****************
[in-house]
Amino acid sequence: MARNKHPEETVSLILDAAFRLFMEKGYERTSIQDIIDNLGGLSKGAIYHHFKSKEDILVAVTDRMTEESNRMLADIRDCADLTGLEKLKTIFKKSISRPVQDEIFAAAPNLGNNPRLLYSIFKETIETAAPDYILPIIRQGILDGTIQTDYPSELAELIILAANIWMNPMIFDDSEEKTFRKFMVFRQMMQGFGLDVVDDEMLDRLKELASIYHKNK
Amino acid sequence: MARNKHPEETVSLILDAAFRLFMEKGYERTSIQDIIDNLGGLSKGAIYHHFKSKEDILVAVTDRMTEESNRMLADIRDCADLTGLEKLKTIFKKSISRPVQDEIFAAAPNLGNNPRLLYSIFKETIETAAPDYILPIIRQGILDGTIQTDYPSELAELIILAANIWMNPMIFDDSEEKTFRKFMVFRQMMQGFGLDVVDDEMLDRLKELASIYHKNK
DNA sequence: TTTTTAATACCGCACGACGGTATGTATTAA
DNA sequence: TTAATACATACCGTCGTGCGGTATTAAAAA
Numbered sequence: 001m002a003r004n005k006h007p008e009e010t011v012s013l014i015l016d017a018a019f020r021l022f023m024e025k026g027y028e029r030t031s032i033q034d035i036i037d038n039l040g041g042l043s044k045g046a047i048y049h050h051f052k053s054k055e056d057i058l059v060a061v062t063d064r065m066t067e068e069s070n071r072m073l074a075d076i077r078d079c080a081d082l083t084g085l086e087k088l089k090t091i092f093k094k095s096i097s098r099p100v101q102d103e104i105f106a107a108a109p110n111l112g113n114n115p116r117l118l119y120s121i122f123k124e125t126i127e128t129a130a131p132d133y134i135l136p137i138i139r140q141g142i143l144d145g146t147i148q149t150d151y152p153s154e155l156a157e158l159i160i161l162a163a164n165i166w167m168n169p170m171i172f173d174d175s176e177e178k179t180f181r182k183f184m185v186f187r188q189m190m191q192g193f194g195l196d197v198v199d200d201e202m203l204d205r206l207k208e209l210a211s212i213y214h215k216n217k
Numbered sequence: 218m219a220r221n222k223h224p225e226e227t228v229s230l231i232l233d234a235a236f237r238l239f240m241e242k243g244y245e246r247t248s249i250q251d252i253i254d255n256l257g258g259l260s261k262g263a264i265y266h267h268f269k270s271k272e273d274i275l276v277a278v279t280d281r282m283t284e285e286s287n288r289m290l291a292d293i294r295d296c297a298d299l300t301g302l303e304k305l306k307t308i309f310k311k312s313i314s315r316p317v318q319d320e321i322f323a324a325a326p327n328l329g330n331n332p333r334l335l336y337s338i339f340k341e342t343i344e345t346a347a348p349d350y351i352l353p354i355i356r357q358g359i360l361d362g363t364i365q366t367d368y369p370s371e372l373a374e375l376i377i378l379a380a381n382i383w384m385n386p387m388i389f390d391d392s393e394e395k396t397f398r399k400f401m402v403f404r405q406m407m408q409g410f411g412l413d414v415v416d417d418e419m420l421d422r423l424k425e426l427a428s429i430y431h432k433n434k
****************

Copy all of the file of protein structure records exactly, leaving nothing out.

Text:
[in-house]
Amino acid sequence: MARNKHPEETVSLILDAAFRLFMEKGYERTSIQDIIDNLGGLSKGAIYHHFKSKEDILVAVTDRMTEESNRMLADIRDCADLTGLEKLKTIFKKSISRPVQDEIFAAAPNLGNNPRLLYSIFKETIETAAPDYILPIIRQGILDGTIQTDYPSELAELIILAANIWMNPMIFDDSEEKTFRKFMVFRQMMQGFGLDVVDDEMLDRLKELASIYHKNK
Amino acid sequence: MARNKHPEETVSLILDAAFRLFMEKGYERTSIQDIIDNLGGLSKGAIYHHFKSKEDILVAVTDRMTEESNRMLADIRDCADLTGLEKLKTIFKKSISRPVQDEIFAAAPNLGNNPRLLYSIFKETIETAAPDYILPIIRQGILDGTIQTDYPSELAELIILAANIWMNPMIFDDSEEKTFRKFMVFRQMMQGFGLDVVDDEMLDRLKELASIYHKNK
DNA sequence: TTTTTAATACCGCACGACGGTATGTATTAA
DNA sequence: TTAATACATACCGTCGTGCGGTATTAAAAA
Numbered sequence: 001m002a003r004n005k006h007p008e009e010t011v012s013l014i015l016d017a018a019f020r021l022f023m024e025k026g027y028e029r030t031s032i033q034d035i036i037d038n039l040g041g042l043s044k045g046a047i048y049h050h051f052k053s054k055e056d057i058l059v060a061v062t063d064r065m066t067e068e069s070n071r072m073l074a075d076i077r078d079c080a081d082l083t084g085l086e087k088l089k090t091i092f093k094k095s096i097s098r099p100v101q102d103e104i105f106a107a108a109p110n111l112g113n114n115p116r117l118l119y120s121i122f123k124e125t126i127e128t129a130a131p132d133y134i135l136p137i138i139r140q141g142i143l144d145g146t147i148q149t150d151y152p153s154e155l156a157e158l159i160i161l162a163a164n165i166w167m168n169p170m171i172f173d174d175s176e177e178k179t180f181r182k183f184m185v186f187r188q189m190m191q192g193f194g195l196d197v198v199d200d201e202m203l204d205r206l207k208e209l210a211s212i213y214h215k216n217k
Numbered sequence: 218m219a220r221n222k223h224p225e226e227t228v229s230l231i232l233d234a235a236f237r238l239f240m241e242k243g244y245e246r247t248s249i250q251d252i253i254d255n256l257g258g259l260s261k262g263a264i265y266h267h268f269k270s271k272e273d274i275l276v277a278v279t280d281r282m283t284e285e286s287n288r289m290l291a292d293i294r295d296c297a298d299l300t301g302l303e304k305l306k307t308i309f310k311k312s313i314s315r316p317v318q319d320e321i322f323a324a325a326p327n328l329g330n331n332p333r334l335l336y337s338i339f340k341e342t343i344e345t346a347a348p349d350y351i352l353p354i355i356r357q358g359i360l361d362g363t364i365q366t367d368y369p370s371e372l373a374e375l376i377i378l379a380a381n382i383w384m385n386p387m388i389f390d391d392s393e394e395k396t397f398r399k400f401m402v403f404r405q406m407m408q409g410f411g412l413d414v415v416d417d418e419m420l421d422r423l424k425e426l427a428s429i430y431h432k433n434k